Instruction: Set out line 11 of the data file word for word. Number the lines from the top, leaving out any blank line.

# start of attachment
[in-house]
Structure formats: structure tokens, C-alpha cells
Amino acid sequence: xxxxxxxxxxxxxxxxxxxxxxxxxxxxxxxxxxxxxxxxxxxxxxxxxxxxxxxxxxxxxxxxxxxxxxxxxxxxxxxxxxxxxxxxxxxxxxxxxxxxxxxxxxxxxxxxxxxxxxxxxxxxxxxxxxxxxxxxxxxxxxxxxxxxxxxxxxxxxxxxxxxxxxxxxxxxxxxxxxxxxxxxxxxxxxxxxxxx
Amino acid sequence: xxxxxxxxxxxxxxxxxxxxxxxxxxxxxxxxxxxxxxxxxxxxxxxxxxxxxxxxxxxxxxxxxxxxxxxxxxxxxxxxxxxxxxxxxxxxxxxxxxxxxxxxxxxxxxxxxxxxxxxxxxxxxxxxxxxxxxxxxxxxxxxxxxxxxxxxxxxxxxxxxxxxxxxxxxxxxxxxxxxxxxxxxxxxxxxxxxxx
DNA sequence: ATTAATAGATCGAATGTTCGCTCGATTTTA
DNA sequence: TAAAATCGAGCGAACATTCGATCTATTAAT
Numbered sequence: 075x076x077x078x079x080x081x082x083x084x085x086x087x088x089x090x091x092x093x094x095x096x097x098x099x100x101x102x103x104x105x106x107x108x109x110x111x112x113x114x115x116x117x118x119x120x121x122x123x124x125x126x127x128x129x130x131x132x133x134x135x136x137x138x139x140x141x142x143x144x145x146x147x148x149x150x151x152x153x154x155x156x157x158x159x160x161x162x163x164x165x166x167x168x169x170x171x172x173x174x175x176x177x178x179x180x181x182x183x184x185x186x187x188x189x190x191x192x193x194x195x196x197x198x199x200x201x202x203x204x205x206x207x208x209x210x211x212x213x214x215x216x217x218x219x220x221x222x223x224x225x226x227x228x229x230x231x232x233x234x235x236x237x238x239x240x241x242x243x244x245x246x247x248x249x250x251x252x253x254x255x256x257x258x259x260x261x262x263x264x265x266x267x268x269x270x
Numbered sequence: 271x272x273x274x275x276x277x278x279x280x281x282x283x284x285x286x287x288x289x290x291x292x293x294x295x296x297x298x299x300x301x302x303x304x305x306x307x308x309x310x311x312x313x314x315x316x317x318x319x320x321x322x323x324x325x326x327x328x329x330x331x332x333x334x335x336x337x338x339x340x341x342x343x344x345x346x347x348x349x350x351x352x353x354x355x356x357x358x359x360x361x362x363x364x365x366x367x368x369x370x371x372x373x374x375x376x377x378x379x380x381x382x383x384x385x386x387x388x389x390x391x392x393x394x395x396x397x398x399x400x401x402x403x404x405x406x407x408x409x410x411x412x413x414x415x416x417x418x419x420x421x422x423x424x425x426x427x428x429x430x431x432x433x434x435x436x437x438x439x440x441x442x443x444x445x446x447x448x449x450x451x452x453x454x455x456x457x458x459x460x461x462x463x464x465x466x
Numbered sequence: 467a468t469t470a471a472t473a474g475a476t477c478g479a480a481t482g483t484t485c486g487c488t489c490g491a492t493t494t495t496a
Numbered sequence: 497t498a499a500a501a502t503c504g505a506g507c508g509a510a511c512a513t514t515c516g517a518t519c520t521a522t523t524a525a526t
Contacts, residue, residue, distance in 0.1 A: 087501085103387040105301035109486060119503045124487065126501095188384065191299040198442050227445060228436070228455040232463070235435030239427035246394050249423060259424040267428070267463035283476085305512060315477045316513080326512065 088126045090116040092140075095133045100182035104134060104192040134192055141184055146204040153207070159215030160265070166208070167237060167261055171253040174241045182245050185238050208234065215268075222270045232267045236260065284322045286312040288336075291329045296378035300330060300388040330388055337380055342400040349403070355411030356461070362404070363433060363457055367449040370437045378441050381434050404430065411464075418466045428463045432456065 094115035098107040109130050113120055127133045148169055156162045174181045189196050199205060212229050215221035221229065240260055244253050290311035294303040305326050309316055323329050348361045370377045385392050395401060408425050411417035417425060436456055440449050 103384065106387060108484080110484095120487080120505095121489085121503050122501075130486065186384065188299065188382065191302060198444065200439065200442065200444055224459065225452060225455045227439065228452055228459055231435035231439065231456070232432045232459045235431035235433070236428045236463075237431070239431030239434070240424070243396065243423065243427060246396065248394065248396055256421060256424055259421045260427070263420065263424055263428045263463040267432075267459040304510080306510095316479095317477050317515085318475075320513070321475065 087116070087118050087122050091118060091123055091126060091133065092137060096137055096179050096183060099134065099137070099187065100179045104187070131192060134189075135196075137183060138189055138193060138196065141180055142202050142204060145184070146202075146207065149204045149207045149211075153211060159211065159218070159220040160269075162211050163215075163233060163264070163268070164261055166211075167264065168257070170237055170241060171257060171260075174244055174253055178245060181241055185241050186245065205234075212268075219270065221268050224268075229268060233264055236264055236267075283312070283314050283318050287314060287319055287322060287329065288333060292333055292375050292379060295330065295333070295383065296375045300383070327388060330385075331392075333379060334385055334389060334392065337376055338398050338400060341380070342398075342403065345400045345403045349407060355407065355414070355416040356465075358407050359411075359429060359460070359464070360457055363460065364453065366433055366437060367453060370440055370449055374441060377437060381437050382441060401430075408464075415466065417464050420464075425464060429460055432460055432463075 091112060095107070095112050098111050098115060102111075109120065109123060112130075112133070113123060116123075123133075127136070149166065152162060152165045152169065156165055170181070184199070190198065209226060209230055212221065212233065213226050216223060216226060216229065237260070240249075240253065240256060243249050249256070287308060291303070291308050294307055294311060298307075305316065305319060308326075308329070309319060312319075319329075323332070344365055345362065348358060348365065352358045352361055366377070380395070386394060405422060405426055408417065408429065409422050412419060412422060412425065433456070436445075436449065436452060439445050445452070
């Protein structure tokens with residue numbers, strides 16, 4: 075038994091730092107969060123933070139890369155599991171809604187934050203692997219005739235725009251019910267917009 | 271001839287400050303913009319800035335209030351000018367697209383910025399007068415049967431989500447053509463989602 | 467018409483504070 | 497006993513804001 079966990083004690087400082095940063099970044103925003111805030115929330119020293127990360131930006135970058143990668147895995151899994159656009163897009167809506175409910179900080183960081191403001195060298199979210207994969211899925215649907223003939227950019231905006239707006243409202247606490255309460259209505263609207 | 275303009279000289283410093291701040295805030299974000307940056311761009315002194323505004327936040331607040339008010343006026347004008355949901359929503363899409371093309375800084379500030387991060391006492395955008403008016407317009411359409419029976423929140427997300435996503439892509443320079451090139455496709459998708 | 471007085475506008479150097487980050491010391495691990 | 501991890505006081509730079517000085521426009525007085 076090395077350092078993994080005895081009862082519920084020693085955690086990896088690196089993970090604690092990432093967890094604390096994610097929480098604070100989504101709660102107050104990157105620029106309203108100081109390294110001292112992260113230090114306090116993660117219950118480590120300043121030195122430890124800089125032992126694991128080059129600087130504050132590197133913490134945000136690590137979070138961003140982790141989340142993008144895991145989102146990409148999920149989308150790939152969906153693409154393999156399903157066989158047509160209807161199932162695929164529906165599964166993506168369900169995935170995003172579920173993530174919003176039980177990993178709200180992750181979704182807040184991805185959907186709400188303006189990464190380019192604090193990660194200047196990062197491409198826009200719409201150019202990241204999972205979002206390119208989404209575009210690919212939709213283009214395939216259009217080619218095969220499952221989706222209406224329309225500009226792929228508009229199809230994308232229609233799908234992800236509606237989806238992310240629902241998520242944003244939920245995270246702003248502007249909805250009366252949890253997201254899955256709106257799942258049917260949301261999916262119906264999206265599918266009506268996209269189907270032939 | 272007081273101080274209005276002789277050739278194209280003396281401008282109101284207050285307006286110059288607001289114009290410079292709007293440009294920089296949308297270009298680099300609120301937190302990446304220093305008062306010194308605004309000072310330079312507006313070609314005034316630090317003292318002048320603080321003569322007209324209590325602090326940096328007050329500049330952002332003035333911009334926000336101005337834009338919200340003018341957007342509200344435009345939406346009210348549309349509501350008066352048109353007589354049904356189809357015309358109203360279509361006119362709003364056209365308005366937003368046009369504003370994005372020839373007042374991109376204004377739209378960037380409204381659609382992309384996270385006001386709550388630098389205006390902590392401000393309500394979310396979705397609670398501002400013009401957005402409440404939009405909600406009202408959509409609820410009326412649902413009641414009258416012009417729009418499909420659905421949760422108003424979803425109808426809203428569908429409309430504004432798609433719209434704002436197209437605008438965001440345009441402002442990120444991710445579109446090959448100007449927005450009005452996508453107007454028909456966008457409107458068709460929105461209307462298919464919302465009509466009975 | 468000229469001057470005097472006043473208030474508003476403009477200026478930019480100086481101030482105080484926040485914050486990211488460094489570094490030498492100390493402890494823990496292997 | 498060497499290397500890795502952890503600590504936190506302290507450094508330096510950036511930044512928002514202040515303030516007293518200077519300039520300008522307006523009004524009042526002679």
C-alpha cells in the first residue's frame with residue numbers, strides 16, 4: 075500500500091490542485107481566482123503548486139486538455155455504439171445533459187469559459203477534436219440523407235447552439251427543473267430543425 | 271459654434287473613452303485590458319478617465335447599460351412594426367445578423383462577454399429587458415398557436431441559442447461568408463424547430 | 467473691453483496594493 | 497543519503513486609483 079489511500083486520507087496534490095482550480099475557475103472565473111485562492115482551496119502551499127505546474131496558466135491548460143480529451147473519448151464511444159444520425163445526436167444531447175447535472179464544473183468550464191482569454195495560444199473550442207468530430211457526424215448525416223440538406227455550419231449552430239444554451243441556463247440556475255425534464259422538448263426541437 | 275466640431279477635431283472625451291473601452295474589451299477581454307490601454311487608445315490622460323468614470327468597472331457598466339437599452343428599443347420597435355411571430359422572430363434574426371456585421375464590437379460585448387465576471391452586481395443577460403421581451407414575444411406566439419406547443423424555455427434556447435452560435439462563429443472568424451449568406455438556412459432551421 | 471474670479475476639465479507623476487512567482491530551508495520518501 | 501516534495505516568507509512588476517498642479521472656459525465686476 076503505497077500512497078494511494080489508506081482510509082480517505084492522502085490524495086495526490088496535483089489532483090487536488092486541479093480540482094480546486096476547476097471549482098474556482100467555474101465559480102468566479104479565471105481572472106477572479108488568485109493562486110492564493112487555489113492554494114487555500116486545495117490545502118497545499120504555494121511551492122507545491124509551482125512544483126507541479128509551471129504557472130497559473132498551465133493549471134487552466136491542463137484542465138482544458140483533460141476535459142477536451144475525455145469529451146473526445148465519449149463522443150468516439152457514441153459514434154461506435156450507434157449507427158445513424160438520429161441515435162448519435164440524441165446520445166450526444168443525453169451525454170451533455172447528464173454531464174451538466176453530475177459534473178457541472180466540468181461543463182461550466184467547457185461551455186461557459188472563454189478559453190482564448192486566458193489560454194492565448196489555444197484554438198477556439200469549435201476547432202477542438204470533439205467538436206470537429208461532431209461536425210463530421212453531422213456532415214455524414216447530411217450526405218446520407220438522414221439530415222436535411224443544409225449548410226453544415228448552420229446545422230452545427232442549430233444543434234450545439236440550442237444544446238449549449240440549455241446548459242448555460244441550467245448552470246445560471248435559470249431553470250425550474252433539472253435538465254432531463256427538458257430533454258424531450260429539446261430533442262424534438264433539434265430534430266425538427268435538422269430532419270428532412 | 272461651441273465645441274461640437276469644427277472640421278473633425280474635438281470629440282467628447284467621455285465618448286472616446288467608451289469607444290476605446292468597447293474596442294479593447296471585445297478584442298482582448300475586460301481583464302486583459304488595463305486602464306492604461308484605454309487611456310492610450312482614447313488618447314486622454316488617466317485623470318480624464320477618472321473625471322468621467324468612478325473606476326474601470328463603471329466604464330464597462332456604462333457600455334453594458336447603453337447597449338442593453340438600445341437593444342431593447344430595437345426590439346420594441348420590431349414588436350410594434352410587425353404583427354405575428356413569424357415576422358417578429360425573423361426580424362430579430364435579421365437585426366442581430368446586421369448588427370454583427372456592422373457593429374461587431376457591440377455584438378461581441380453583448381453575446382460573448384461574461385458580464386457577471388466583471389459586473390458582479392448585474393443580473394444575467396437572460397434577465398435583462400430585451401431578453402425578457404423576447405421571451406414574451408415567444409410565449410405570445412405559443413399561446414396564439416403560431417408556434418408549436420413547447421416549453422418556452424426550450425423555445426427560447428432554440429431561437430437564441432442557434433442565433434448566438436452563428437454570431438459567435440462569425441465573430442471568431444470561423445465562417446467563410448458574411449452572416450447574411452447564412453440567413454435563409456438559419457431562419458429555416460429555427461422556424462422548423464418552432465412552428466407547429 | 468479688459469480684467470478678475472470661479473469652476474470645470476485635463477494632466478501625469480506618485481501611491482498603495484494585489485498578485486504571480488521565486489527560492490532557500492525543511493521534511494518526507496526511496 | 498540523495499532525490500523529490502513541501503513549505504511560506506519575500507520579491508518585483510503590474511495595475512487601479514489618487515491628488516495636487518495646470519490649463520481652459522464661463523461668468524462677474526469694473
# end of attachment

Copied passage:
Contacts, residue, residue, distance in 0.1 A: 087501085103387040105301035109486060119503045124487065126501095188384065191299040198442050227445060228436070228455040232463070235435030239427035246394050249423060259424040267428070267463035283476085305512060315477045316513080326512065 088126045090116040092140075095133045100182035104134060104192040134192055141184055146204040153207070159215030160265070166208070167237060167261055171253040174241045182245050185238050208234065215268075222270045232267045236260065284322045286312040288336075291329045296378035300330060300388040330388055337380055342400040349403070355411030356461070362404070363433060363457055367449040370437045378441050381434050404430065411464075418466045428463045432456065 094115035098107040109130050113120055127133045148169055156162045174181045189196050199205060212229050215221035221229065240260055244253050290311035294303040305326050309316055323329050348361045370377045385392050395401060408425050411417035417425060436456055440449050 103384065106387060108484080110484095120487080120505095121489085121503050122501075130486065186384065188299065188382065191302060198444065200439065200442065200444055224459065225452060225455045227439065228452055228459055231435035231439065231456070232432045232459045235431035235433070236428045236463075237431070239431030239434070240424070243396065243423065243427060246396065248394065248396055256421060256424055259421045260427070263420065263424055263428045263463040267432075267459040304510080306510095316479095317477050317515085318475075320513070321475065 087116070087118050087122050091118060091123055091126060091133065092137060096137055096179050096183060099134065099137070099187065100179045104187070131192060134189075135196075137183060138189055138193060138196065141180055142202050142204060145184070146202075146207065149204045149207045149211075153211060159211065159218070159220040160269075162211050163215075163233060163264070163268070164261055166211075167264065168257070170237055170241060171257060171260075174244055174253055178245060181241055185241050186245065205234075212268075219270065221268050224268075229268060233264055236264055236267075283312070283314050283318050287314060287319055287322060287329065288333060292333055292375050292379060295330065295333070295383065296375045300383070327388060330385075331392075333379060334385055334389060334392065337376055338398050338400060341380070342398075342403065345400045345403045349407060355407065355414070355416040356465075358407050359411075359429060359460070359464070360457055363460065364453065366433055366437060367453060370440055370449055374441060377437060381437050382441060401430075408464075415466065417464050420464075425464060429460055432460055432463075 091112060095107070095112050098111050098115060102111075109120065109123060112130075112133070113123060116123075123133075127136070149166065152162060152165045152169065156165055170181070184199070190198065209226060209230055212221065212233065213226050216223060216226060216229065237260070240249075240253065240256060243249050249256070287308060291303070291308050294307055294311060298307075305316065305319060308326075308329070309319060312319075319329075323332070344365055345362065348358060348365065352358045352361055366377070380395070386394060405422060405426055408417065408429065409422050412419060412422060412425065433456070436445075436449065436452060439445050445452070